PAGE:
Genius Next Door

Songfacts®:

  • This song appears to tell the tale of a local misfit kid who drowns himself. Spektor described it to Entertainment Weekly as "a little science fiction story in a song. Like a Twilight Zone episode."
  • This song was produced by Jeff Lynne (ELO, Tom Petty, George Harrison, Traveling Wilburys), who also accompanies Spektor with his voice. The Russian born singer-songwriter said in publicity materials that Lynne, got her to do something she'd thought impossible before. She said: "On the last record I started harmonizing with myself for the first time, but I never sang with someone else on my records. His voice is so beautiful. It was a singing choir with Jeff and once we started doing it we did it on a bunch of songs."
  • Spektor admitted to Pitchfork Media that she was unaware of how big a name Lynne is in the music business, before she hooked up with him. She admitted: "It's kind of funny. Actually, it's kind of sad - I didn't know who he was or what he had done when I asked him if he'd like to produce some songs. I'm the opposite of a knowledgeable music aficionado; tomorrow, I could discover an amazing artist that people have been listening to for the past 60 years and be, like, 'wow.' The reason I asked to contact Jeff was because I saw he produced the last Tom Petty record, Highway Companion, which I really loved. I noted him down so next time I did a record I could actually tell people, like, 'I have a few producers I'd like to check out.' I remember the silence on the phone when I said the name 'Jeff Lynne' to Tom Whalley, the president of Warner Bros. But Tom was really positive about it.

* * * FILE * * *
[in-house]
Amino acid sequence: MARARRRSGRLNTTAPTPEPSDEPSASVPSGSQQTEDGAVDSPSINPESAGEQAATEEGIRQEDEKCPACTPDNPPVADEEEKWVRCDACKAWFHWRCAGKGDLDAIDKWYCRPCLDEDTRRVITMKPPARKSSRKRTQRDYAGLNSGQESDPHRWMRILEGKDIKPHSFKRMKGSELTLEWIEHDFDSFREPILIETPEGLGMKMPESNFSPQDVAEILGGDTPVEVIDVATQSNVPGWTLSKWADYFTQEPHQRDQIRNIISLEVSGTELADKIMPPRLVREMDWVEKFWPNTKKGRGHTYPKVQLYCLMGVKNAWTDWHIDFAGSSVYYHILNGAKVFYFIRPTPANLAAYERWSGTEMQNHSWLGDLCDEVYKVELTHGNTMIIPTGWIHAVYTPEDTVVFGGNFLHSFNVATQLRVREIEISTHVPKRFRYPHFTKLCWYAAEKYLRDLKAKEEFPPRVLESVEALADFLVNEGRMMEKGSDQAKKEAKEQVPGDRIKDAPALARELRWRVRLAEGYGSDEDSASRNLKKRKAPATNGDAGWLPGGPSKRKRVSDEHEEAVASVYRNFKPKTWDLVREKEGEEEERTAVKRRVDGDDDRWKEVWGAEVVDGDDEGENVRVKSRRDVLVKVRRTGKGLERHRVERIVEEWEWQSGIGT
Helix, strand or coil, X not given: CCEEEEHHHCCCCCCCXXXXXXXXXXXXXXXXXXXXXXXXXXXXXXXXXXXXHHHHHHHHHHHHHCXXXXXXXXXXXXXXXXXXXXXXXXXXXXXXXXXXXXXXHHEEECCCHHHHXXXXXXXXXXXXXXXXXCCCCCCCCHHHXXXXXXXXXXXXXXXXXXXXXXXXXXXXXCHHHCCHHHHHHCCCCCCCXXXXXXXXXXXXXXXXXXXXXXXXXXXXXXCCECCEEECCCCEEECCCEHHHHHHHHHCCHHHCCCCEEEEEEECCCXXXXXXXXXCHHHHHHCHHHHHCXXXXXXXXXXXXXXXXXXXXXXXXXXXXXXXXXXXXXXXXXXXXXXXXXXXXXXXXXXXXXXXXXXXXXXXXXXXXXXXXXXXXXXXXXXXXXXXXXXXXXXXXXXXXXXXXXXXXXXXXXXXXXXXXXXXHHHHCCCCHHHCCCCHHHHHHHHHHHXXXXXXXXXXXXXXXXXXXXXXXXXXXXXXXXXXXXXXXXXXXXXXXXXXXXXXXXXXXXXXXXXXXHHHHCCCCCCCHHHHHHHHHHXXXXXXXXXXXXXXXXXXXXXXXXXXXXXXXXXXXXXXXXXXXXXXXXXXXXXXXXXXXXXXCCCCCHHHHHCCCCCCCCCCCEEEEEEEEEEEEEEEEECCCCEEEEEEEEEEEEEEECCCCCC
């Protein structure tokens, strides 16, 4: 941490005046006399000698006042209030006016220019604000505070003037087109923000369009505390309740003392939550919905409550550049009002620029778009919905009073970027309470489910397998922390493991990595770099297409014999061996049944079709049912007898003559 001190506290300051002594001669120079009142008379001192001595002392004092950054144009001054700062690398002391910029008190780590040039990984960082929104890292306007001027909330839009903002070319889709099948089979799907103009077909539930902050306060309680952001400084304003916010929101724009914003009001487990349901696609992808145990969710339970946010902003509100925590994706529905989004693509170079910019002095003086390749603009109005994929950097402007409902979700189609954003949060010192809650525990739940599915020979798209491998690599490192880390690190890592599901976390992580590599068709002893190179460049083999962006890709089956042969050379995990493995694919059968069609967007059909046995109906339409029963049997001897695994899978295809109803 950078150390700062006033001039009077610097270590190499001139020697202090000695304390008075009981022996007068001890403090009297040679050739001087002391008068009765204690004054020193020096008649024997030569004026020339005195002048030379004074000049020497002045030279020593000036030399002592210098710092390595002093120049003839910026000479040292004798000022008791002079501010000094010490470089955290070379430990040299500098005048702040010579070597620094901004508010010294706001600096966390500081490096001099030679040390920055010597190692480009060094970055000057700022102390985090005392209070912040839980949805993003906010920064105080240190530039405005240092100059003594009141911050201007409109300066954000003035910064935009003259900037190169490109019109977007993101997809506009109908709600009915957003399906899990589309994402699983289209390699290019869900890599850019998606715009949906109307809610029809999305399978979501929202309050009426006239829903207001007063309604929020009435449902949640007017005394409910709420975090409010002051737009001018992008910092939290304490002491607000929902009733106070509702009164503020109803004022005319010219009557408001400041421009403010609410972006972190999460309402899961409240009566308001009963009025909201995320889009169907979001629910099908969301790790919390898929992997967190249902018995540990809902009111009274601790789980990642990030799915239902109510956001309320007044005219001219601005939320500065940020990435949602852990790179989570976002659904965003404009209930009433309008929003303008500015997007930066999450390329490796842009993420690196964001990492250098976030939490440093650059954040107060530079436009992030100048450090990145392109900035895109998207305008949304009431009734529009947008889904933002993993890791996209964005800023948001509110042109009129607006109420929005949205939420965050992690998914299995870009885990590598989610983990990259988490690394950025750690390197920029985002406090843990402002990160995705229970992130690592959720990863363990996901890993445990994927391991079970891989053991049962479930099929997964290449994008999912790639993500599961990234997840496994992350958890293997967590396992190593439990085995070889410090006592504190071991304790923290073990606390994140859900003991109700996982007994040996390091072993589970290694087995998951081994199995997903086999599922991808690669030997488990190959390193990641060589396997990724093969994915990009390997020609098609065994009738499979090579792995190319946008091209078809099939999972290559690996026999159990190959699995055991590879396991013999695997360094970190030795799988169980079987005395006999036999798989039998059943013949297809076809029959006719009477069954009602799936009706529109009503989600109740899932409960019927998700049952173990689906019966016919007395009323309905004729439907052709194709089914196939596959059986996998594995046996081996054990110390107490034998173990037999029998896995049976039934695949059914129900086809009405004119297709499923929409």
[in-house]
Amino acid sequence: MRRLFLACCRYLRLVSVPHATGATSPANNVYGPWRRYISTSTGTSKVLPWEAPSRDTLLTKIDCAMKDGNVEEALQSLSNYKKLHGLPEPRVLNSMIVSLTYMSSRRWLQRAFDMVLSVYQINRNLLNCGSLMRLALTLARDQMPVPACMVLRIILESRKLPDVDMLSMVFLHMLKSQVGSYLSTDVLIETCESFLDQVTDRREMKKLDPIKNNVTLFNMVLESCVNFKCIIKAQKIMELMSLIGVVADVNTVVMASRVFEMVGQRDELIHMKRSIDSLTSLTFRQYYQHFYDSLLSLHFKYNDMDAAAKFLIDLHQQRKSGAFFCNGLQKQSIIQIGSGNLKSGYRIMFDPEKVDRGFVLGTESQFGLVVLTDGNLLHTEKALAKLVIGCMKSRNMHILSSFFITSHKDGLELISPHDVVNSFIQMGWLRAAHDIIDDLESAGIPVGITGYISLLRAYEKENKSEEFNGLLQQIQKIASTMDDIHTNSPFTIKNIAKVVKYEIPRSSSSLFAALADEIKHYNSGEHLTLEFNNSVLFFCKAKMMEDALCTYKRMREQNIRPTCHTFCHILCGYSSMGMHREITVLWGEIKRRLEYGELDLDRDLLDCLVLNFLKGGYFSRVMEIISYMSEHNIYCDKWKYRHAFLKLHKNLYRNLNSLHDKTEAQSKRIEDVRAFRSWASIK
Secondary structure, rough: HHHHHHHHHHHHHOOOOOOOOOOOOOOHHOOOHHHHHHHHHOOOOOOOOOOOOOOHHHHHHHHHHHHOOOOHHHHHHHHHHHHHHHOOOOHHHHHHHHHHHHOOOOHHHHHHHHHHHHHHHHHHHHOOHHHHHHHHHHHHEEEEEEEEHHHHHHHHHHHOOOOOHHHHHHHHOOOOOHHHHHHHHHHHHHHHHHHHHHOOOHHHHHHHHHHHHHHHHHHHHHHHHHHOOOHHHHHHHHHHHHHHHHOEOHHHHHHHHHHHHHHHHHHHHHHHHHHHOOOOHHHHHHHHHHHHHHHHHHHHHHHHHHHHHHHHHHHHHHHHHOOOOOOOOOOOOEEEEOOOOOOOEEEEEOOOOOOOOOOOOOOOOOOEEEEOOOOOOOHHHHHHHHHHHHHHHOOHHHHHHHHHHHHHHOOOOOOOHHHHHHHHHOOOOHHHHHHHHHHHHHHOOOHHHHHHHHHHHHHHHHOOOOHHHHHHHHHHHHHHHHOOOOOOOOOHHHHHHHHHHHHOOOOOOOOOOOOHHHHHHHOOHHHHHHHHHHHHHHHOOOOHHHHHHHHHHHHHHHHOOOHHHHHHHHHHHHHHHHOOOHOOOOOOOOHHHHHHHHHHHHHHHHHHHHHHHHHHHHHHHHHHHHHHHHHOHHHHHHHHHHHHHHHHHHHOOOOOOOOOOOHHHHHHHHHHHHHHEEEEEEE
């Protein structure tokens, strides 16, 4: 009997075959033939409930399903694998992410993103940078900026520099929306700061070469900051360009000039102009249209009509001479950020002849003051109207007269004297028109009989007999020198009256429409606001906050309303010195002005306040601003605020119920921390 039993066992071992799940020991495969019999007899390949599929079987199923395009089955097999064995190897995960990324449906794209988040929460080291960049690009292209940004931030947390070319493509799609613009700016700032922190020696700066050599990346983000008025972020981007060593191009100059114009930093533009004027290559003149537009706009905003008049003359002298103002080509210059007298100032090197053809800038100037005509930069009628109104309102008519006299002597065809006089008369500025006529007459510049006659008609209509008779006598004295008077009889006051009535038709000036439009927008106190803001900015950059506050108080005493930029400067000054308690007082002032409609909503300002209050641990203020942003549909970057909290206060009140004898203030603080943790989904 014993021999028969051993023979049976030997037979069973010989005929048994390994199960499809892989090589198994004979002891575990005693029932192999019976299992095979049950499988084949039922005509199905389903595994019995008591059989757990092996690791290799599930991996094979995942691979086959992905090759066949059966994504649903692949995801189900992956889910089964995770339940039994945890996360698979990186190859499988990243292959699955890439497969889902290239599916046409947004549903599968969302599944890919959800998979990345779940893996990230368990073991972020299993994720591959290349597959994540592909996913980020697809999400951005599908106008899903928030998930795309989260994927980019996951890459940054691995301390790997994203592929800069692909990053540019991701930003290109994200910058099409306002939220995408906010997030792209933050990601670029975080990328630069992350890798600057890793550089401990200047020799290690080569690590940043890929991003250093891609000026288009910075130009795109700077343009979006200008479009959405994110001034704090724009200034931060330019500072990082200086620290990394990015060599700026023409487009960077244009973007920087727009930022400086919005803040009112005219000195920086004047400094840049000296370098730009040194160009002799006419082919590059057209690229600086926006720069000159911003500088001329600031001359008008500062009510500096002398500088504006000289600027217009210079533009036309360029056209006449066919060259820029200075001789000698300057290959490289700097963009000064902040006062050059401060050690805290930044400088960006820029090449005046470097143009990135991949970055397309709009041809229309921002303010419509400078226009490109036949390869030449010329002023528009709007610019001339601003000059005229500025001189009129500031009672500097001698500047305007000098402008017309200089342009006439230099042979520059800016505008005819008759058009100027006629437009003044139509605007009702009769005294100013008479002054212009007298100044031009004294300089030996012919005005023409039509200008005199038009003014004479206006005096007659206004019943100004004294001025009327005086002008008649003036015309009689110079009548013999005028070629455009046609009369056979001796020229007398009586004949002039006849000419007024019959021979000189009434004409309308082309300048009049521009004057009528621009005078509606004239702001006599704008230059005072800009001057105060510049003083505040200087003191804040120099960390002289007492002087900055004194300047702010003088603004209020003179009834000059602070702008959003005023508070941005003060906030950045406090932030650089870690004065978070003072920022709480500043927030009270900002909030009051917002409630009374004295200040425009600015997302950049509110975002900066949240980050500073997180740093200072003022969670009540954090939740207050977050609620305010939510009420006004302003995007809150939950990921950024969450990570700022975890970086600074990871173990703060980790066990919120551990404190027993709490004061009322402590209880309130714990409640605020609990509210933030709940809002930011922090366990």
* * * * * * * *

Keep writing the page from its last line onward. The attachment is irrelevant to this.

By the time I was about to meet Jeff I was sufficiently nervous. But he's really sweet. We drank a lot of tea. And after I worked with him, I started to understand, like, 'Oh yeah! That's Jeff - I know that song.' Sometimes you know the song or voice but you have no idea who sings it. But Jeff's definitely in the world of legends. He had these banjoleles - a mix between a banjo and a ukulele - and I picked one up and he was like, 'Yeah, George [Harrison] gave that to me.' I was like, 'Oh my god,' and then put it down."
  • Jeff Lynne told Q magazine August 2009: "It's a bizarre song, but it's amazing. She said to me she treated it like a short story-and what it means is what you think it means."

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